Buffalo Bills v Miami Dolphins
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In a season where offense around the league is down, the Miami Dolphins are the exception to the rule. 

The Dolphins have sprinted out of the gates averaging a ridiculous 498.7 yards and 37.2 points per game. Their 8.0 yards-per-play average is better than any other team in the league by 2 full yards. They have gained 20 or more yards on a completely hilarious 10.2% of their plays, per TruMedia, a figure that is nearly twice the league average of 5.6%. They have scored points on a league-high 50% of their drives. They are lapping the field in TruMedia's version of EPA/play, where their league-best mark is nearly twice as high as that of the third-place Buffalo Bills

The blazing speed of their core skill-position players is a significant factor. Tyreek Hill ran the 40-yard dash in 4.29 seconds. Raheem Mostert and De'Von Achane each ran it in 4.32 seconds. Jaylen Waddle didn't participate in the combine because of COVID-19, but it seems like a safe bet that he would have been in the same range. Even ancillary players like Braxton Berrios ran pretty damn fast (4.44 seconds).

Tua Tagovailoa's quick decision-making and pinpoint accuracy also play a significant role. Tagovailoa leads the league in EPA/dropback. He has released his average throw just 2.35 seconds after the snap, per TruMedia, the fastest mark in the NFL. He's still managed to push the ball downfield a decent amount, with an air-yards-per-attempt figure that hovers around league average. While there are plenty of people out there who assert that Tua is just throwing 2-yard passes to Hill and letting the him and the other speedster do all the hard work, the reality is that among 33 qualified passers, he has the 10th-lowest share of attempts traveling 5 air yards or less, as well as the 12th-highest share of throws that traveled 21 yards or more. He's doing plenty, and his off-target throw rate of 8.1% is the sixth-best in the league. 

But what is most impressive about the Dolphins offense might actually be the design. And specifically, the way Mike McDaniel and Co. layer concepts on top of each other to simultaneously take advantage of their players' strengths and cause opponents confusion to the point that an explosive gain is not just possible, but likely. 

The first concept to focus on is also the newest: the so-called "cheat" motion that the Dolphins utilized to magnificent effect back in Week 1, and which has subsequently swept through the league with many other teams using it. Rather than having their motion man cross the formation to get a running start, Miami has been having a player line up inside, then motion outside to the same side of the field to quickly change the number count and give the player a running start on his route.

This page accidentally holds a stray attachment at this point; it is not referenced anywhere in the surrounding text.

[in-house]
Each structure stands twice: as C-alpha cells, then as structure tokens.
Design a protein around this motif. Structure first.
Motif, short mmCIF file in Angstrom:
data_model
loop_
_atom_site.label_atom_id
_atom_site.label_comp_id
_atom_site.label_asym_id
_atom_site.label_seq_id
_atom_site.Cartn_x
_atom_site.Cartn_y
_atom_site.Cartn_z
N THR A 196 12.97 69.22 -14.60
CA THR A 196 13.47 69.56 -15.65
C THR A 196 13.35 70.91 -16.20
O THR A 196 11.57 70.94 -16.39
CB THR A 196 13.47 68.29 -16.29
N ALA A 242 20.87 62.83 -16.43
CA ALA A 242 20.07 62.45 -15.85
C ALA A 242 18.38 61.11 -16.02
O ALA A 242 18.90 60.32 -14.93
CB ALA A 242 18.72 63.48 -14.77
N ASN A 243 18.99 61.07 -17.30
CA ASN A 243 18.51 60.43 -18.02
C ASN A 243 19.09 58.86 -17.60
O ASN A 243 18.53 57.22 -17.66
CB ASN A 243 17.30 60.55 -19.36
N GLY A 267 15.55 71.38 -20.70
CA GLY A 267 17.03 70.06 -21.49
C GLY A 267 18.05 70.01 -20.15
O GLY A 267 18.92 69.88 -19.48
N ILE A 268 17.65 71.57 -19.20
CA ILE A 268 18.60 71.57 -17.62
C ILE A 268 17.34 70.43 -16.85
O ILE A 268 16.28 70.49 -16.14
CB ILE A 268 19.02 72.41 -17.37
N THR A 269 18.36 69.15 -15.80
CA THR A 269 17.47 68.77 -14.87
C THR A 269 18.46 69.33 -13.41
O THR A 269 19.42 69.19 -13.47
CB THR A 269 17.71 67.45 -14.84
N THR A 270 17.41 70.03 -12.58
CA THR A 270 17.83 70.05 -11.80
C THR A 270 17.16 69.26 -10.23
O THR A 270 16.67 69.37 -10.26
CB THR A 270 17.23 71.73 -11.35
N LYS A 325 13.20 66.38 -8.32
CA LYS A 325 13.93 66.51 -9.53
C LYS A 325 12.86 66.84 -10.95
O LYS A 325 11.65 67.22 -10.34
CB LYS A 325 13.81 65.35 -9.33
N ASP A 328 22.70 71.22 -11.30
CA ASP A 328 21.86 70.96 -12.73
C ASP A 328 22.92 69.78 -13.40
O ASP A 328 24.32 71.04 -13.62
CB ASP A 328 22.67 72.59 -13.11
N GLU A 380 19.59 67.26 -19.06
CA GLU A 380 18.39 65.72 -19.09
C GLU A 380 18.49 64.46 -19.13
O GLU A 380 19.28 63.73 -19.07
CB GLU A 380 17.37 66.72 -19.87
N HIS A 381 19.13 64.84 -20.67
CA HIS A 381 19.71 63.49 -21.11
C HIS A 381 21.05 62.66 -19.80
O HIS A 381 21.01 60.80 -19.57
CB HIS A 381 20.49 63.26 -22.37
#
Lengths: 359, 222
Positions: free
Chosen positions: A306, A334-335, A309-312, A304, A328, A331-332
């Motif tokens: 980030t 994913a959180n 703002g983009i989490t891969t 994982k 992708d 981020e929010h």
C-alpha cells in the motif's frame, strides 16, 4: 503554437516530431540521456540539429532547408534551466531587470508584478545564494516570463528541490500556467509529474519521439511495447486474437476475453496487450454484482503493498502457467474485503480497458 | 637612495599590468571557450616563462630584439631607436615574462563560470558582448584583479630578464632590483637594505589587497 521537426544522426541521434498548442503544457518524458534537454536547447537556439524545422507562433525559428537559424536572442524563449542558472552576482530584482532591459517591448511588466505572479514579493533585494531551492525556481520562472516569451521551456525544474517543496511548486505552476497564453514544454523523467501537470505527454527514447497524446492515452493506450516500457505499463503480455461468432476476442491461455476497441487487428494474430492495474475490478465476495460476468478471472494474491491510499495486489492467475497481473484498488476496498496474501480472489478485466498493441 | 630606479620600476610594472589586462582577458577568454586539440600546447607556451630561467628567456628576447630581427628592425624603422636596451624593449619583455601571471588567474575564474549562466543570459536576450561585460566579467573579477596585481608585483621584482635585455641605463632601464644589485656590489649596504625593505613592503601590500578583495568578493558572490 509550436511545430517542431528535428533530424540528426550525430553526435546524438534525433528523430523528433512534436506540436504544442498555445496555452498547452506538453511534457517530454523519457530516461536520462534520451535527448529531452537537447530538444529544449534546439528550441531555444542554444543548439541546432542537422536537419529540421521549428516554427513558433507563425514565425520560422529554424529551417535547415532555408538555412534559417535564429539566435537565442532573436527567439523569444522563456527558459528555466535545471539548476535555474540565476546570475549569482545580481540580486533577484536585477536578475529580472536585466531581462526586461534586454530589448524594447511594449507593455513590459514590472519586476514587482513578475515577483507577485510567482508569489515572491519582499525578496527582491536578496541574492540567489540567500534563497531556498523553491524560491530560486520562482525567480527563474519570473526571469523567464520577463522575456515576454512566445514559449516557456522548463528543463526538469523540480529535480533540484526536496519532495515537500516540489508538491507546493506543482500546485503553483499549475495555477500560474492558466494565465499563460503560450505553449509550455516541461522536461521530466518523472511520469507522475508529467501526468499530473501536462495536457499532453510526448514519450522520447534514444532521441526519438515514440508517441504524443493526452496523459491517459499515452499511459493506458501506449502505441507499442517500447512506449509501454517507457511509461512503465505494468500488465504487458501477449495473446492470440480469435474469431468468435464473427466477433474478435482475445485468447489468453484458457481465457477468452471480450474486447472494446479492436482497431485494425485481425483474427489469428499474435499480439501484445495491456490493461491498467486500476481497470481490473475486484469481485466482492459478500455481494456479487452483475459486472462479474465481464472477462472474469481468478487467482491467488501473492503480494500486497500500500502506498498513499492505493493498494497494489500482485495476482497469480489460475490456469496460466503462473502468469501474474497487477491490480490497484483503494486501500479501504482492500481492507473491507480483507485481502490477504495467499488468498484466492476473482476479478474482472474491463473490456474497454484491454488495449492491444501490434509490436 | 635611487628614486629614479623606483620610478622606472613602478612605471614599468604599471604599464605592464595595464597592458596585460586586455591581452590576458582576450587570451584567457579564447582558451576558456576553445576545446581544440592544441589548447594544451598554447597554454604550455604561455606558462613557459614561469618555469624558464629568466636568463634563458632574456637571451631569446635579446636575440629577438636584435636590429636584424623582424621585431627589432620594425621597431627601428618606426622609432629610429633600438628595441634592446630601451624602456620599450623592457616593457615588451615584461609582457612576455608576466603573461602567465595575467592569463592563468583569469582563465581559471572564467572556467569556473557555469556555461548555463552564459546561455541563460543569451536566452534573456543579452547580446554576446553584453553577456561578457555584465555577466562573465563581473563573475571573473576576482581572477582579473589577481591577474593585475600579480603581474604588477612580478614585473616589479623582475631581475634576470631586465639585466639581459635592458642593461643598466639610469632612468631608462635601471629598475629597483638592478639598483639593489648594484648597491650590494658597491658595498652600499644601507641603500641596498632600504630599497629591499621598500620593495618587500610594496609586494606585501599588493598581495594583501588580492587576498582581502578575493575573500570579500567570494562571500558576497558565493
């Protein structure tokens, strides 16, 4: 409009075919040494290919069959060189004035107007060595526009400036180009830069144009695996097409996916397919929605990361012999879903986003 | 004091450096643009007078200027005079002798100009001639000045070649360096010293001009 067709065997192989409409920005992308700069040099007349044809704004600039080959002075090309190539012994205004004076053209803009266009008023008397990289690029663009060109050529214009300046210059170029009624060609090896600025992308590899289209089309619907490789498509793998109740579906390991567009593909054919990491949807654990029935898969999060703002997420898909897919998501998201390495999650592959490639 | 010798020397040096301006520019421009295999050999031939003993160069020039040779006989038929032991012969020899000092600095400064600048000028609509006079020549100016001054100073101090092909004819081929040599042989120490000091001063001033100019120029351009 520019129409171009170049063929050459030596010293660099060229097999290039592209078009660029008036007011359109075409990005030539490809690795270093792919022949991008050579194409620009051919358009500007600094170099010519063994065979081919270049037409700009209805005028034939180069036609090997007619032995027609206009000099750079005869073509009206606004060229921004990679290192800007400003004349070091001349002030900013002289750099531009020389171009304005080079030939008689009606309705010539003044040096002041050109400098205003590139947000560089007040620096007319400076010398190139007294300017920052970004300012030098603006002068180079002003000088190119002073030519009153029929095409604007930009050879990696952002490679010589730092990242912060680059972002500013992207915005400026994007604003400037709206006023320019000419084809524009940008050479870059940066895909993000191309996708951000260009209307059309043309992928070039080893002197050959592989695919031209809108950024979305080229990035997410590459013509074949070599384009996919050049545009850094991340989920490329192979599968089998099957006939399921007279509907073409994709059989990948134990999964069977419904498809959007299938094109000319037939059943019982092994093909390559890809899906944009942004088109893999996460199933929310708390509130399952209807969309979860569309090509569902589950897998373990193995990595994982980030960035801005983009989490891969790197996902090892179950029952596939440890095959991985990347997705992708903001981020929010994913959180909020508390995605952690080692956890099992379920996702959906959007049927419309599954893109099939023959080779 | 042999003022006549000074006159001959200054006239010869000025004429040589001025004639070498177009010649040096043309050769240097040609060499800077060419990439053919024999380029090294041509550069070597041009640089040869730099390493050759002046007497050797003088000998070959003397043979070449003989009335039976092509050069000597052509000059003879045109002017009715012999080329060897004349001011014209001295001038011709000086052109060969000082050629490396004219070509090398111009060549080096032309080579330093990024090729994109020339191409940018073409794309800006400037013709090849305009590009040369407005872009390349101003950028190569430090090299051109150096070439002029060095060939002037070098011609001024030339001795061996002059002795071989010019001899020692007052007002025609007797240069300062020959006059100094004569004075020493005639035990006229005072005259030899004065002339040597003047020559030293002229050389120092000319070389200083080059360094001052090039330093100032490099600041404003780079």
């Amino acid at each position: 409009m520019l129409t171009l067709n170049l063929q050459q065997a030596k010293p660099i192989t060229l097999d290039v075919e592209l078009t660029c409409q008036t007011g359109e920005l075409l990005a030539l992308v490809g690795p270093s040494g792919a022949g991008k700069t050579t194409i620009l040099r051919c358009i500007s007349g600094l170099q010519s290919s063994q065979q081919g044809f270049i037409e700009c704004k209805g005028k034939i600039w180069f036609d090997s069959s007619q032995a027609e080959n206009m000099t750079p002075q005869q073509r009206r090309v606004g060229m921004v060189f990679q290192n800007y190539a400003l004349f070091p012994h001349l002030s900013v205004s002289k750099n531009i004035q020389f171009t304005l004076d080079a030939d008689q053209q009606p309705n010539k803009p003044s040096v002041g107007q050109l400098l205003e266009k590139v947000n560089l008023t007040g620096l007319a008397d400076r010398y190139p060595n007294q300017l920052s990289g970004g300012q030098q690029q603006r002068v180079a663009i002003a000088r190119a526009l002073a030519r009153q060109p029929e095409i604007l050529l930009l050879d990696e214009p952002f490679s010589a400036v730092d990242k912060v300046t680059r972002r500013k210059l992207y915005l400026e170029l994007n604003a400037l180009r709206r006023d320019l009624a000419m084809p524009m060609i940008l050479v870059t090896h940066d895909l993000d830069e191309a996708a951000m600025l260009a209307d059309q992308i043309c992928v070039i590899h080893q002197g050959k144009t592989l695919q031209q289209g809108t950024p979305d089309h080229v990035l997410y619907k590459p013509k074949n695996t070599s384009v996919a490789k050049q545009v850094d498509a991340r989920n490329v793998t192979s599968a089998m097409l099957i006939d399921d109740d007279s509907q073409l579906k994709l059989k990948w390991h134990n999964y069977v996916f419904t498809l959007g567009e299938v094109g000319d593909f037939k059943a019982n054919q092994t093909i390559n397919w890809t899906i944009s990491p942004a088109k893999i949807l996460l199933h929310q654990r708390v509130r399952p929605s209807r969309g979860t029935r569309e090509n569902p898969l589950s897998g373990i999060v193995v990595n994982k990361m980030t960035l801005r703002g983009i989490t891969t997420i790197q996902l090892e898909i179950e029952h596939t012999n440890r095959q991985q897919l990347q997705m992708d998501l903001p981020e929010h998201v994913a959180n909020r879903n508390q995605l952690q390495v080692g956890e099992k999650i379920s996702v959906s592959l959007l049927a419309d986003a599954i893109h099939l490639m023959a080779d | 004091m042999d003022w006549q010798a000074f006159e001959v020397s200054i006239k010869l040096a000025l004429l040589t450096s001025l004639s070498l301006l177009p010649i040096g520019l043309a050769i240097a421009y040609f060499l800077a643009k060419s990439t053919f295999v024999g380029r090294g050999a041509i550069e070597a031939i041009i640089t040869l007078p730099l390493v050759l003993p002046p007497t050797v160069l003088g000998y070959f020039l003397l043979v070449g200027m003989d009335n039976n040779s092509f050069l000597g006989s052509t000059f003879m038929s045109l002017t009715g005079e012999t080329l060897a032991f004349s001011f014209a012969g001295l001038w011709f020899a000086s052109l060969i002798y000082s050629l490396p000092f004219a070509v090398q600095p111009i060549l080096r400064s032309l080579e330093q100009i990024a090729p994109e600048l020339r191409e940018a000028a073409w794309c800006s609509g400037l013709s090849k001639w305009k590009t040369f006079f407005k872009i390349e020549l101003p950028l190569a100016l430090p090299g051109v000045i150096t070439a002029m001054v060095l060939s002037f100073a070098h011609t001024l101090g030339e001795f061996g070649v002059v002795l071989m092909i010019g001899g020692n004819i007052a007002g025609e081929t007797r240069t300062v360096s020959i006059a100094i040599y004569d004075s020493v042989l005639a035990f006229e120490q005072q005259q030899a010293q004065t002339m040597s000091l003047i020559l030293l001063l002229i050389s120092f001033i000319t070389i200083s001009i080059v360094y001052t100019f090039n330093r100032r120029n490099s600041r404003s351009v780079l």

It was perfectly exemplified by a deep dig Tagovailoa hit to Hill against the Chargers

But the Dolphins did not stop there. They use that motion to do all different kinds of things. They have Hill bluff like he's running the dig, but fire a screen to Waddle right behind him. They have Hill stop on a dime to receive the screen himself. They have Hill push upfield while Berrios runs a whip route behind him, then turns the whip upfield for a big gain. And then they use tight end Durham Smythe as the "cheat" motion man, only to have him wheel around and go in orbit motion, then lead block for Mostert on a swing screen. Those tactics all worked like gangbusters. 

Next, there's the shotgun sweep, with the handoff occurring *behind* the quarterback rather than in front of him. McDaniel used to be the run-game coordinator for the San Francisco 49ers, and he and Kyle Shanahan used this look to great effect with Deebo Samuel. The Dolphins have replicated it with Mostert, Achane, and Hill. 

But again, the Dolphins do not simply stop there. 

They fake that outside sweep and have Tagovailoa boot out in the opposite direction to hit a receiver in the flat. They fake the outside sweep and hand it off on a dive going the up the middle. And they fake the outside sweep and have Tua flip it to the jet sweep man running the opposite way. It's all dizzying. No wonder opponents can't keep up with it. 

The Dolphins also likely have the best-designed end-around package in the NFL, and they get into it in a variety of ways. They'll fake a dive and have Tua hand it off like the outside sweep. They'll motion Waddle into the backfield and use him as the guy to whom they fake the dive before flipping it to Achane running around the edge. They'll send a man in orbit motion and do it again, with the motion man acting as a lead blocker. Then they'll line up in split backs, send one of the backs motioning in one direction, fake the dive the opposite way, and then flip it to the end-around man so he has multiple blockers in front of him. 

Again, this stuff must drive opposing defenses absolutely bonkers. 

As if all that weren't enough to deal with, they broke out perhaps the coolest play I've ever seen. It involves a fake inside run, a fake end-around, and then a backwards shovel pass to the man who received the initial fake. The Dolphins actually ran this one twice in the same game, and scored a touchdown both times. 

I'm not entirely sure how a defense is supposed to deal with that play. (To be fair, neither were the Broncos.) 

This is just a taste of what the Dolphins have been doing to their opponents. They have many more concepts they can layer on top of each other, all designed to get speed in space. They are doing it better than anyone else in the league right now, and it's why they are racking up yards and points at a rate not seen in quite some time.